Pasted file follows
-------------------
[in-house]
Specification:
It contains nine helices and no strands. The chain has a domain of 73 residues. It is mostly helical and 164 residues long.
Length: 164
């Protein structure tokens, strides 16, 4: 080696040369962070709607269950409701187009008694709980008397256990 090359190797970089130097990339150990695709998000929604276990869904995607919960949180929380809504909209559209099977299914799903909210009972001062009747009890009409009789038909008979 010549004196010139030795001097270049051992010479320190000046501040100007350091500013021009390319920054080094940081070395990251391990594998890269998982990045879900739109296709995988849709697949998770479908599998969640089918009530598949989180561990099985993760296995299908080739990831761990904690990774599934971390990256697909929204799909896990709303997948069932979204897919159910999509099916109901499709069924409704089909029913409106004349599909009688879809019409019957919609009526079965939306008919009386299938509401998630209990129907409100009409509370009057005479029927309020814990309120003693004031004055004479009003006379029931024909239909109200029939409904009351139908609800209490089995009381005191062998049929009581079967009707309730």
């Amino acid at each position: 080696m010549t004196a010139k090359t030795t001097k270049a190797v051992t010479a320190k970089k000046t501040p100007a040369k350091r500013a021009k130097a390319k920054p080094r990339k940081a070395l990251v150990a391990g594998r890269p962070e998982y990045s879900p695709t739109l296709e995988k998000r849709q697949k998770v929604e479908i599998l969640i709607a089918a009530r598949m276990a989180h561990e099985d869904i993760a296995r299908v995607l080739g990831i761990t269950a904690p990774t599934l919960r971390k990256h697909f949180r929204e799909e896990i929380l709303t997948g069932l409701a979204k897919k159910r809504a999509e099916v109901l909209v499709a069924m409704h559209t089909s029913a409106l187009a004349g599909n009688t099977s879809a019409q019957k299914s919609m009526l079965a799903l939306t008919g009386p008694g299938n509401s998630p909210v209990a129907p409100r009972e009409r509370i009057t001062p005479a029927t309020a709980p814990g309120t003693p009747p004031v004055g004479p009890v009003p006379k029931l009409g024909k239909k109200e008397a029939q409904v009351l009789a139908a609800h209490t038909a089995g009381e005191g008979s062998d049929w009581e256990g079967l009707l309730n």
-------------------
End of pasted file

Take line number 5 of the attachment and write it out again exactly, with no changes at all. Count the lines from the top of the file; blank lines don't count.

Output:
């Protein structure tokens, strides 16, 4: 080696040369962070709607269950409701187009008694709980008397256990 090359190797970089130097990339150990695709998000929604276990869904995607919960949180929380809504909209559209099977299914799903909210009972001062009747009890009409009789038909008979 010549004196010139030795001097270049051992010479320190000046501040100007350091500013021009390319920054080094940081070395990251391990594998890269998982990045879900739109296709995988849709697949998770479908599998969640089918009530598949989180561990099985993760296995299908080739990831761990904690990774599934971390990256697909929204799909896990709303997948069932979204897919159910999509099916109901499709069924409704089909029913409106004349599909009688879809019409019957919609009526079965939306008919009386299938509401998630209990129907409100009409509370009057005479029927309020814990309120003693004031004055004479009003006379029931024909239909109200029939409904009351139908609800209490089995009381005191062998049929009581079967009707309730």